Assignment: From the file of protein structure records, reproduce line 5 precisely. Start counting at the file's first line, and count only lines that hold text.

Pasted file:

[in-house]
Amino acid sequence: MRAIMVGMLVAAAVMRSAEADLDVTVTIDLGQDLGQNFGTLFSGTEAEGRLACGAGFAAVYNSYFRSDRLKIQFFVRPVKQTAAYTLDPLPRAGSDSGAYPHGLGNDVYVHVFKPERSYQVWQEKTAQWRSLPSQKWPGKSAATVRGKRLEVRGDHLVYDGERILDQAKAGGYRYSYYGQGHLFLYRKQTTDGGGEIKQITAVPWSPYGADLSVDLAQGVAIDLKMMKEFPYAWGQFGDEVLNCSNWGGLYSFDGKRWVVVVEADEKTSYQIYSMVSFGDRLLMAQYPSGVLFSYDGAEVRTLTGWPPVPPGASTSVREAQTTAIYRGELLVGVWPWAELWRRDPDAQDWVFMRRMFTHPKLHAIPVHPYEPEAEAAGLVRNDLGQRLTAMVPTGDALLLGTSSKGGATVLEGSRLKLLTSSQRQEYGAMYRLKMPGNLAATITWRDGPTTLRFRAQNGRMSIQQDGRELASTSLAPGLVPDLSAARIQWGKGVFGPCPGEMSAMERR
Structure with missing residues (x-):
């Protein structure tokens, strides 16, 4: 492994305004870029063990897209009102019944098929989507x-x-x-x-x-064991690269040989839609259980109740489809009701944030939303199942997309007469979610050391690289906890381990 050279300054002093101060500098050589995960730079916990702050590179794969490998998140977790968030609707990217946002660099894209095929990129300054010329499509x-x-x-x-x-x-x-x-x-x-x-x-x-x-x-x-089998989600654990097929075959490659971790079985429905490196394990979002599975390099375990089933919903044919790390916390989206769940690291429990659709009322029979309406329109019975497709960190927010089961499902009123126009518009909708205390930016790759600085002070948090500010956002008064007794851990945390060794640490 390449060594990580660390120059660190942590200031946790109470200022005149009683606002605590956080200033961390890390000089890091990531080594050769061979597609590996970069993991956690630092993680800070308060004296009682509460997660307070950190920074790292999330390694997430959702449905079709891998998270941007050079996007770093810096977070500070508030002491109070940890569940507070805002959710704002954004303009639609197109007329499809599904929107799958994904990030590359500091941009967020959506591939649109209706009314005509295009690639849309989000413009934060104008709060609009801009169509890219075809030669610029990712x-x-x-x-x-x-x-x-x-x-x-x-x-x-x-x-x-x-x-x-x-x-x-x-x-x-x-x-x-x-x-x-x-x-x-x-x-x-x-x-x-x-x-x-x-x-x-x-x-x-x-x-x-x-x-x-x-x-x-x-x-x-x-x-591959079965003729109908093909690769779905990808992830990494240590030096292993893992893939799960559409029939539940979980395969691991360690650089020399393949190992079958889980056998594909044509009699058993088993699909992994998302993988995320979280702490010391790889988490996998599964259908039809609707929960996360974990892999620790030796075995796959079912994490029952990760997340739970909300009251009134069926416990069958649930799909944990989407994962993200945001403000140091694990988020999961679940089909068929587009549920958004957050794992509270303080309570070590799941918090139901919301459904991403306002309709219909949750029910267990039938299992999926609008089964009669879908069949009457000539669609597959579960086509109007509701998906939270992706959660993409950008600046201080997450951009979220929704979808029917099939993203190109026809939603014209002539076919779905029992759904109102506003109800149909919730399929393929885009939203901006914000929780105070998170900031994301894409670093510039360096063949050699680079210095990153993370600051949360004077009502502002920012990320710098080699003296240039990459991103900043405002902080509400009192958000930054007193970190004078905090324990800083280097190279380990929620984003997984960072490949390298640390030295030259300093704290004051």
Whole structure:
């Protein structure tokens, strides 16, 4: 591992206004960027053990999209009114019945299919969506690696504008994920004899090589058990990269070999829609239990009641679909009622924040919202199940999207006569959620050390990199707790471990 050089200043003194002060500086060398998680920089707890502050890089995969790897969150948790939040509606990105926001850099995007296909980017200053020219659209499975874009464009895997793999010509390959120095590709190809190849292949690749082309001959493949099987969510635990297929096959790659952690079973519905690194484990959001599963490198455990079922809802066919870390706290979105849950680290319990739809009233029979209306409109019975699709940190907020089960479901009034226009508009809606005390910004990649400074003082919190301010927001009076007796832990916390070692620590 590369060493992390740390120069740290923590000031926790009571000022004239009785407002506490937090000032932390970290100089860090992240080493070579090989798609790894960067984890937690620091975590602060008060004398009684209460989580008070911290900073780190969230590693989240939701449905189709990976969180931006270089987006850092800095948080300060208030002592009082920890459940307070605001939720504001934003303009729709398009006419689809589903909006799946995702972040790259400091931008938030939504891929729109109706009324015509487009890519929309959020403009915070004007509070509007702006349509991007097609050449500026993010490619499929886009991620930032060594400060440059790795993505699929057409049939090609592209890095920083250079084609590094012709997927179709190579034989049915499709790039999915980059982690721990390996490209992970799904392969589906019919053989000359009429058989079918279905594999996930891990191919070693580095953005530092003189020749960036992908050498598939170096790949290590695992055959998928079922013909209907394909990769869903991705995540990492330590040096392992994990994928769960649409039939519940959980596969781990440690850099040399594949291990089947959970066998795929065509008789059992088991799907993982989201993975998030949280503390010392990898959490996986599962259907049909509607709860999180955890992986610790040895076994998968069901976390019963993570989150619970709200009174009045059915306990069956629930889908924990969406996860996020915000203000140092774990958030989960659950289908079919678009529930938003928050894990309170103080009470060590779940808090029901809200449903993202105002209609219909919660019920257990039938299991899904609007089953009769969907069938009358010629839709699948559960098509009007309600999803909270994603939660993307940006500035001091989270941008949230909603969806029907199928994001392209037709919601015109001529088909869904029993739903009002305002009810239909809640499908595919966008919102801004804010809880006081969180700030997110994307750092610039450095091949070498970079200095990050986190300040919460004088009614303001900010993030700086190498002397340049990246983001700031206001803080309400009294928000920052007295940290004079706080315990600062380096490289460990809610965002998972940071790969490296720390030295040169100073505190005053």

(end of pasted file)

Whole structure: